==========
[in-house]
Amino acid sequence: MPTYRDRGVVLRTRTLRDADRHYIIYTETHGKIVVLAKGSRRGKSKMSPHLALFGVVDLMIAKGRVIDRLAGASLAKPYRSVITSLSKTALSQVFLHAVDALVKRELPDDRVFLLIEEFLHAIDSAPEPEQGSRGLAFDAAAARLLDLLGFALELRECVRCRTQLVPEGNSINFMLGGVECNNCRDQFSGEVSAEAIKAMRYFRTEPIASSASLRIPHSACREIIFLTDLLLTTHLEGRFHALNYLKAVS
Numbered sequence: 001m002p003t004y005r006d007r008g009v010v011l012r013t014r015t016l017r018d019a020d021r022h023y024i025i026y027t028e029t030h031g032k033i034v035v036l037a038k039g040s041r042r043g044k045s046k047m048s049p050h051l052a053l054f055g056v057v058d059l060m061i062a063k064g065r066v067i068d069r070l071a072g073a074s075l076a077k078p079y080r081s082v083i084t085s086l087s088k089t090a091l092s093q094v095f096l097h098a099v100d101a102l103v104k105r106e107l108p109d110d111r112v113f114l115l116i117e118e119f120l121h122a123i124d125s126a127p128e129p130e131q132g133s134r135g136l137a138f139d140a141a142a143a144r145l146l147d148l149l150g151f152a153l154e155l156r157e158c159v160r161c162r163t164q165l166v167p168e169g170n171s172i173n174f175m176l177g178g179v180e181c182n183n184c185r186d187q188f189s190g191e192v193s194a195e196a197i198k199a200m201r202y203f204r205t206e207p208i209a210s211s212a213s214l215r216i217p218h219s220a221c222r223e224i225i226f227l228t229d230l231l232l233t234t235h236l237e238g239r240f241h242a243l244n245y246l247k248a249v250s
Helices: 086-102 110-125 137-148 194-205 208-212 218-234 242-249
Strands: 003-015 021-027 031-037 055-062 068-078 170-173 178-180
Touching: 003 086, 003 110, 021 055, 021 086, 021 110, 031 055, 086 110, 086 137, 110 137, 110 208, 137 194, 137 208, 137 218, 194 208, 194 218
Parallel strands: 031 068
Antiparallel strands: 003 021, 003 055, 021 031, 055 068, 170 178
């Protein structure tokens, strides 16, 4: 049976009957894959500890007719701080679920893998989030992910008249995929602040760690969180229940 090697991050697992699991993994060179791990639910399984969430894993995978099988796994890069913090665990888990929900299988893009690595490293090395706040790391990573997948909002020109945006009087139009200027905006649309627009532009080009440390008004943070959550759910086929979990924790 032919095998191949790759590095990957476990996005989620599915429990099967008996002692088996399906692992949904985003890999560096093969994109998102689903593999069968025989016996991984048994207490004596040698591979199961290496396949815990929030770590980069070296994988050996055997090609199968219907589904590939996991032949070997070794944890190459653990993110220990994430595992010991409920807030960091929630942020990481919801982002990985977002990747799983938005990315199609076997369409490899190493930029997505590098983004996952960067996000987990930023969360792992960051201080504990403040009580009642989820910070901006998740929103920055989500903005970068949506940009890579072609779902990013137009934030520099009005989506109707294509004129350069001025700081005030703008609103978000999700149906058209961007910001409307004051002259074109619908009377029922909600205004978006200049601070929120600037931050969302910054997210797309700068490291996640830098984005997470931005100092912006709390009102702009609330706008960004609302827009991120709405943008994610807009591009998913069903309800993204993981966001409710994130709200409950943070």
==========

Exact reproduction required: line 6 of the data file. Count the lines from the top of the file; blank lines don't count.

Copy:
Touching: 003 086, 003 110, 021 055, 021 086, 021 110, 031 055, 086 110, 086 137, 110 137, 110 208, 137 194, 137 208, 137 218, 194 208, 194 218